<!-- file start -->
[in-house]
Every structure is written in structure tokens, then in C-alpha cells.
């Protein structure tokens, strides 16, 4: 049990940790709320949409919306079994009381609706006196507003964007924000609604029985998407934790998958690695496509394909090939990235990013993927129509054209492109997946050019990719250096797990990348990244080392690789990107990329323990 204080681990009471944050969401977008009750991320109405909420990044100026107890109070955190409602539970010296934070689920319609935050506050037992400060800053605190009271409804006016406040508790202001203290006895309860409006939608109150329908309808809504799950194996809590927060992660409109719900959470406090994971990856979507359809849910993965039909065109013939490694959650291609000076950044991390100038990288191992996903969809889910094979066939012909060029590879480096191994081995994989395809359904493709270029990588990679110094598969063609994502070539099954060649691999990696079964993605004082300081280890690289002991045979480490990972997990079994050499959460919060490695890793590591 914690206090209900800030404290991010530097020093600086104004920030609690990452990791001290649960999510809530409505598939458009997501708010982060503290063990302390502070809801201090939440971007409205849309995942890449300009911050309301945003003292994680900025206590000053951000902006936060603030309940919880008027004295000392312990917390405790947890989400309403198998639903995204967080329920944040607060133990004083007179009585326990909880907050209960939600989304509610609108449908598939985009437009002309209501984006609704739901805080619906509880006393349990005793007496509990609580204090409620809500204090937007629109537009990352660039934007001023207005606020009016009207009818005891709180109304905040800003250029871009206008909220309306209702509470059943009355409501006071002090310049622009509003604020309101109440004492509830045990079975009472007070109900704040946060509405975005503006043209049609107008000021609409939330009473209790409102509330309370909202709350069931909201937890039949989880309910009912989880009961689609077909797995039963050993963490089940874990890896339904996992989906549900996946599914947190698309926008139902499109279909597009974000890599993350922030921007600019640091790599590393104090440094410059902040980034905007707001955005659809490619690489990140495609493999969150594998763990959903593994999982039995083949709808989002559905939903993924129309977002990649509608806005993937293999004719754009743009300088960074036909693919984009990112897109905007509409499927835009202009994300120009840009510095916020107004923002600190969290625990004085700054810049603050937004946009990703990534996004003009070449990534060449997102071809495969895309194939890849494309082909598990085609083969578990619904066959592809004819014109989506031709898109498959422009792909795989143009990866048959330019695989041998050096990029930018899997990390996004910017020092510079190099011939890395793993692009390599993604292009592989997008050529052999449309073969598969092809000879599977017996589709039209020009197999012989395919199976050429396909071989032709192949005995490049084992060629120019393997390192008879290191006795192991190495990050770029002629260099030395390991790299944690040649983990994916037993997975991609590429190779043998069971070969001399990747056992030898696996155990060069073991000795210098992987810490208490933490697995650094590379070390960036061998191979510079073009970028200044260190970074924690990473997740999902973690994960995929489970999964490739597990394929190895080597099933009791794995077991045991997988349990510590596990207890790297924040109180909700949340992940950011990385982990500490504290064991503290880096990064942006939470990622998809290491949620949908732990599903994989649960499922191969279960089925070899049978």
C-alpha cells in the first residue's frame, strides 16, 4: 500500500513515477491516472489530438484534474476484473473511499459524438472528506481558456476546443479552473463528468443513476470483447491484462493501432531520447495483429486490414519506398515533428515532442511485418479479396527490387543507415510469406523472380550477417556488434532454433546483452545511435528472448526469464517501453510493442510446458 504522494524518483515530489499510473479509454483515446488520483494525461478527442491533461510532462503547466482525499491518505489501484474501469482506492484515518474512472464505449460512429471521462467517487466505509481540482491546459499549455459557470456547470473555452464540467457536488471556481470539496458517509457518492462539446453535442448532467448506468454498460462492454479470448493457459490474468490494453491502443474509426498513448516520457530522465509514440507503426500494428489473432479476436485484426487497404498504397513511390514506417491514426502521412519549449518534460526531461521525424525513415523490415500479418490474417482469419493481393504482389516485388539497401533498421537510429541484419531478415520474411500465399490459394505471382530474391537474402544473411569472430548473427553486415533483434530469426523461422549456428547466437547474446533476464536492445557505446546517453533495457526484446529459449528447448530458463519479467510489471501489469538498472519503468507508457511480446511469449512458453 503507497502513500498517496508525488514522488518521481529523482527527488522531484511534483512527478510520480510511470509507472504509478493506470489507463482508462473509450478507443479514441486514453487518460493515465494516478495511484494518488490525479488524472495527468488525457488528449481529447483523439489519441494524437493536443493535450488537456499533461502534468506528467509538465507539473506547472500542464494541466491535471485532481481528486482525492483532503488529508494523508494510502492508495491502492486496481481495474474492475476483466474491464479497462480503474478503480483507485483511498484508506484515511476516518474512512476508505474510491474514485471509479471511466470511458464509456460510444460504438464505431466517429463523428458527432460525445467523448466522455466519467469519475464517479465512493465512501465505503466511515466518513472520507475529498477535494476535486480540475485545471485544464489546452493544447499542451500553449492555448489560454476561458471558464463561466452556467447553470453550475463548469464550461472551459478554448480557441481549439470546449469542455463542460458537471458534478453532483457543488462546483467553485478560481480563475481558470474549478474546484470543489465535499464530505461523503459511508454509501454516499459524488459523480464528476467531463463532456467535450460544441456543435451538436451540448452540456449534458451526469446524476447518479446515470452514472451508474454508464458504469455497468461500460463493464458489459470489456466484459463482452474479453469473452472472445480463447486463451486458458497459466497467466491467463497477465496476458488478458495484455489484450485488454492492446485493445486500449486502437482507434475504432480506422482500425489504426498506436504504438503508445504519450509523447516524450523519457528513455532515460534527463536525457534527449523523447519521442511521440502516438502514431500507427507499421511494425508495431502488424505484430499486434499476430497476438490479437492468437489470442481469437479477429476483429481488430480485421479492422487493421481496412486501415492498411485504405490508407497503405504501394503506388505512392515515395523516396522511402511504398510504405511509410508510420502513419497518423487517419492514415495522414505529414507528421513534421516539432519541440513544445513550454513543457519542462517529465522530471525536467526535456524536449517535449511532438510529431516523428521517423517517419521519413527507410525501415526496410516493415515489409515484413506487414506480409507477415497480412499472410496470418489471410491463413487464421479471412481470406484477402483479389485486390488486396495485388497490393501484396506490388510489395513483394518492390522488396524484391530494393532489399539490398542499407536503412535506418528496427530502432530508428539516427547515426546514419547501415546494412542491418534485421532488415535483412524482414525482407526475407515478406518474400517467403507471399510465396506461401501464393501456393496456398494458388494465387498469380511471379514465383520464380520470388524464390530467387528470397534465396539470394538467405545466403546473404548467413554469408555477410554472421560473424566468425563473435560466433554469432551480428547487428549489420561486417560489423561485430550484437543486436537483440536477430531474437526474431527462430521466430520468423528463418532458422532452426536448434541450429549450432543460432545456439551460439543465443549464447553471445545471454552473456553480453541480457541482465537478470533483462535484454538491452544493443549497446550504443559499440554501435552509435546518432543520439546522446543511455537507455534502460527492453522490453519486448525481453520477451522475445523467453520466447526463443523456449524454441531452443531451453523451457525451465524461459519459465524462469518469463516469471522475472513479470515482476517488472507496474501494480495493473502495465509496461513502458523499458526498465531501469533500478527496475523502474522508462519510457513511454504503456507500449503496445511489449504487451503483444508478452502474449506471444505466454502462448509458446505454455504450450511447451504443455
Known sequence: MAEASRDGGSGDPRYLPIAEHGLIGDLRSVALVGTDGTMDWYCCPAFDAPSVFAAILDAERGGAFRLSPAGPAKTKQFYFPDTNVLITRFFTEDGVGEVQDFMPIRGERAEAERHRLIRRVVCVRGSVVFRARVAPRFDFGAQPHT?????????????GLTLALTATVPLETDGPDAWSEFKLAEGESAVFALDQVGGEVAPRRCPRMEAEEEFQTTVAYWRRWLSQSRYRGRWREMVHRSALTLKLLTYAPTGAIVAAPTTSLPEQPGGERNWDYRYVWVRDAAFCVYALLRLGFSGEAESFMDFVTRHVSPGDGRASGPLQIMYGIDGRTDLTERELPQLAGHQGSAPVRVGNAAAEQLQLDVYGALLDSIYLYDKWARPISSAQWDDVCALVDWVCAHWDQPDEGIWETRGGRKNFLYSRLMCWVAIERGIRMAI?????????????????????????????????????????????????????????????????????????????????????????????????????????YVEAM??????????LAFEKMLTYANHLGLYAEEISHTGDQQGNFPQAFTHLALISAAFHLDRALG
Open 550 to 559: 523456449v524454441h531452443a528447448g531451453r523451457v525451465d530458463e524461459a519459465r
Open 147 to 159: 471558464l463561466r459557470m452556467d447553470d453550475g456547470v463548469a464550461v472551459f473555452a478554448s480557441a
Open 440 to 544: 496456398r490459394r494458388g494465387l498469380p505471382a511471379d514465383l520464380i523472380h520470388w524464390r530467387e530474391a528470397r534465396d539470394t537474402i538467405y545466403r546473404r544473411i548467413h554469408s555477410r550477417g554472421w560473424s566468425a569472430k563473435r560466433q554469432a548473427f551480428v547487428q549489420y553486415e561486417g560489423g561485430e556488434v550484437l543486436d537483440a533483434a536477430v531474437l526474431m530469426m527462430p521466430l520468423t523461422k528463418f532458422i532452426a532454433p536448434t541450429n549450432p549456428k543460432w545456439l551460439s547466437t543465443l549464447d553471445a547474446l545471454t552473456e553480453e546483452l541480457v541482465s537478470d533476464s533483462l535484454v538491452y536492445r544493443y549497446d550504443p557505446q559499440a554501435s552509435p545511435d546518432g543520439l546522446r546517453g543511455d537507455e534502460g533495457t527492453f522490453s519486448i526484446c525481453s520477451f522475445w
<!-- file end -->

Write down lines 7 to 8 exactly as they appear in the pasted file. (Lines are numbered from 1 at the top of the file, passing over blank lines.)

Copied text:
Open 147 to 159: 471558464l463561466r459557470m452556467d447553470d453550475g456547470v463548469a464550461v472551459f473555452a478554448s480557441a
Open 440 to 544: 496456398r490459394r494458388g494465387l498469380p505471382a511471379d514465383l520464380i523472380h520470388w524464390r530467387e530474391a528470397r534465396d539470394t537474402i538467405y545466403r546473404r544473411i548467413h554469408s555477410r550477417g554472421w560473424s566468425a569472430k563473435r560466433q554469432a548473427f551480428v547487428q549489420y553486415e561486417g560489423g561485430e556488434v550484437l543486436d537483440a533483434a536477430v531474437l526474431m530469426m527462430p521466430l520468423t523461422k528463418f532458422i532452426a532454433p536448434t541450429n549450432p549456428k543460432w545456439l551460439s547466437t543465443l549464447d553471445a547474446l545471454t552473456e553480453e546483452l541480457v541482465s537478470d533476464s533483462l535484454v538491452y536492445r544493443y549497446d550504443p557505446q559499440a554501435s552509435p545511435d546518432g543520439l546522446r546517453g543511455d537507455e534502460g533495457t527492453f522490453s519486448i526484446c525481453s520477451f522475445w